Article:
Governance of Stem Cell Science: Multiple Models & Similar Outcomes
Cite as: G Lomax, "Governance of Stem Cell Science: Multiple Models & Similar
Outcomes", (2010) 7:2 SCRIPTed 406,
© Geoffrey Lomax 2010.
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Governments and non-governmental organisations have been active in developing policies to govern stem cell research. Various international policy frameworks, specifically designed to address human stem cell research policy, are described in the literature and were discussed at this workshop.1 As Rosario Isasi suggests, during the workshop and in previous publications, there is a trend towards policy convergence surrounding fundamental ethical issues (e.g. respect for autonomy and confidentiality; respect for the human body by restricting the use of monetary payments and financial incentives for donation; ethics review and oversight, etc.).2 This policy-level convergence appears to have emerged despite very different approaches to the governance of stem cell science.
Workshop speakers described a range of approaches to stem cell governance and oversight. For example, the UK and certain American states have developed liberal frameworks characterised by a high degree of plurality in policy development and implementation. The research program of California was initiated after a voter referendum. In New York and the UK, spirited public debate gave rise to research programs through legislative action. Subsequently, in some American states, the UK and elsewhere, there has been direct public involvement in policy development through participation in governance committees, ethics councils and consultation efforts.
The Seventh European Union Framework Programme (FP7) for research and development includes ethical criteria for funded research. While the criteria with regard to use of human embryos are restrictive - comparable to those applied by the US National Institutes of Health Guidelines for Human Embryonic Stem Cell Research - the FP7 Framework reflects positions of consensus regarding autonomy, confidentiality and financial payments.
The workshop included representatives from countries in which policy controversies surrounding the human embryo are greatly attenuated, namely Iran, China and India. Policies in these jurisdictions echoed consensus positions regarding research ethics. The International Society for Stem Cell Research Guidelines for the Conduct of Human Embryonic Stem Cell Research was cited as a formative policy document.
Collectively, workshop speakers reinforced the theme of policy level convergence for embryo research among jurisdictions seeking to advance stem cell science. Participants suggested this convergence represented the natural extension of human research ethics policy to embryonic research. However, they also suggested that the trend towards uniform standards is driven in part by (1) the need to forge international collaborations and (2) the desire to publish findings in high-impact journals.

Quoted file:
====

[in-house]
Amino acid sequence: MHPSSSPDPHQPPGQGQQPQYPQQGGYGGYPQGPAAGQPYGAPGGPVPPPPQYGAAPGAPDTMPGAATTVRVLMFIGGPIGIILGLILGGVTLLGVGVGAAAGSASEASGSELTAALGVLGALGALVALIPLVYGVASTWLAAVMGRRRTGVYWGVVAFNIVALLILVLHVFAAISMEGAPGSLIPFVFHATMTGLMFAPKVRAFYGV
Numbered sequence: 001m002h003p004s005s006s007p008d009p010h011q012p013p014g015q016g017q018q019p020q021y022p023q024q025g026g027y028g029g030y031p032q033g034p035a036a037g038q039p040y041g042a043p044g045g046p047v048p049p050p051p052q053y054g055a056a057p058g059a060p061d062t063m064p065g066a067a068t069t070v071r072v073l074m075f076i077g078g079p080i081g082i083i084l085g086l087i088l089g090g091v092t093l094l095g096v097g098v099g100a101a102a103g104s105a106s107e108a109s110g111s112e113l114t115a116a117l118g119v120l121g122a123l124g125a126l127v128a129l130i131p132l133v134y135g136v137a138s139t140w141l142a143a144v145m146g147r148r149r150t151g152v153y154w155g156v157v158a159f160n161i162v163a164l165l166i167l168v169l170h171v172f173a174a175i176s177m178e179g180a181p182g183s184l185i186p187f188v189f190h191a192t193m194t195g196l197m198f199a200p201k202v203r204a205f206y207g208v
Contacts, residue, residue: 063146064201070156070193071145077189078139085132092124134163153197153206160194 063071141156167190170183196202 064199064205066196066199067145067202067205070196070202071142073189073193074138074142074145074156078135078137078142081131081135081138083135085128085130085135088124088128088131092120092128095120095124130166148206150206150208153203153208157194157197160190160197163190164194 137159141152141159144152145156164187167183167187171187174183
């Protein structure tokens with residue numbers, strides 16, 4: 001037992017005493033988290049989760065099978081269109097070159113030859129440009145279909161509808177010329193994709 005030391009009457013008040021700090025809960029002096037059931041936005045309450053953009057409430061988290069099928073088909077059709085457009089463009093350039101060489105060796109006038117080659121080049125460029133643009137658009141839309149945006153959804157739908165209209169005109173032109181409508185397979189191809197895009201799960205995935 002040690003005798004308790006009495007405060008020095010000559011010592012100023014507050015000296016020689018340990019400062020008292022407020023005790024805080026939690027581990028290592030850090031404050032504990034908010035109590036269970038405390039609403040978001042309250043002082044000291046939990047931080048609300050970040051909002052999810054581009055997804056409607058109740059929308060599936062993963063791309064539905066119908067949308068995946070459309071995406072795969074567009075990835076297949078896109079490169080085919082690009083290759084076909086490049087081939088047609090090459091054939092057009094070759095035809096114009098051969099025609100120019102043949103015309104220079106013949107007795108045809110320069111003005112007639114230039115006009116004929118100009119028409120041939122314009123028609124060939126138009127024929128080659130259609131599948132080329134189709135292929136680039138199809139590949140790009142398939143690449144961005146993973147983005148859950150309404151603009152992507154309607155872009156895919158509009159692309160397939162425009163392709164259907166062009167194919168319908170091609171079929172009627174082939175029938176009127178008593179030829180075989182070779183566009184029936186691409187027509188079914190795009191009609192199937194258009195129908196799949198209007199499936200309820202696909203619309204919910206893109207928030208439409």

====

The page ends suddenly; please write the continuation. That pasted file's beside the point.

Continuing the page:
The suggestion that requirements for collaboration and publication are a driver for policy development serves as an interesting discussion point. To some extent, the supposition that research norms drive policy stands in contrast to the calls for public governance of science that have become increasingly popular over the past decade.3 Although, it should be recognized that normative science and public governance are not necessarily mutually exclusive, the harmonisation of ethics policy issues appears to have occurred independent of the level of public governance / participation. This observation resulted in a series of discussion questions that might be considered in future policy research:
To what extent are plurality and public participation important to research policy development?
What are measures of effectiveness for successful public participation?
To what extent are non-regulatory bodies (journals, professional societies) effective arbitrators of ethics policy?
Does international consensus in ethics policy have a positive impact on research implementation?
Workshop participants also suggest that jurisdictional variance exists in the implementation of ethics policies. In other words, while policy statements are an important step towards the ethical conduct of research, culture and ethical norms may result in operational differences. Based on field observations and survey data, participants suggest equivalent policies may not correspond to identical implementation processes. However, there was a general sense the international policy consensus serves to create a trajectory toward enhanced ethical conduct of research.
* Senior Officer to the Standards Working Group, California Institute for Regenerative Medicine.
1 O Corrigan et al, Ethical, Legal and Social Issues in Stem Cell Research and Therapy: A Briefing Paper from Cambridge Genetics Knowledge Park (2005).
2 RM Isasi, “Policy Interoperability in Stem Cell Research: Demystifying Harmonization” (2009) 5 Stem Cell Review 108-15.
3 H Longstaff and M Burgess, “Recruiting for representation in public deliberation on the ethics of biobanks” (2010) 19 Public Understanding of Science 212-224.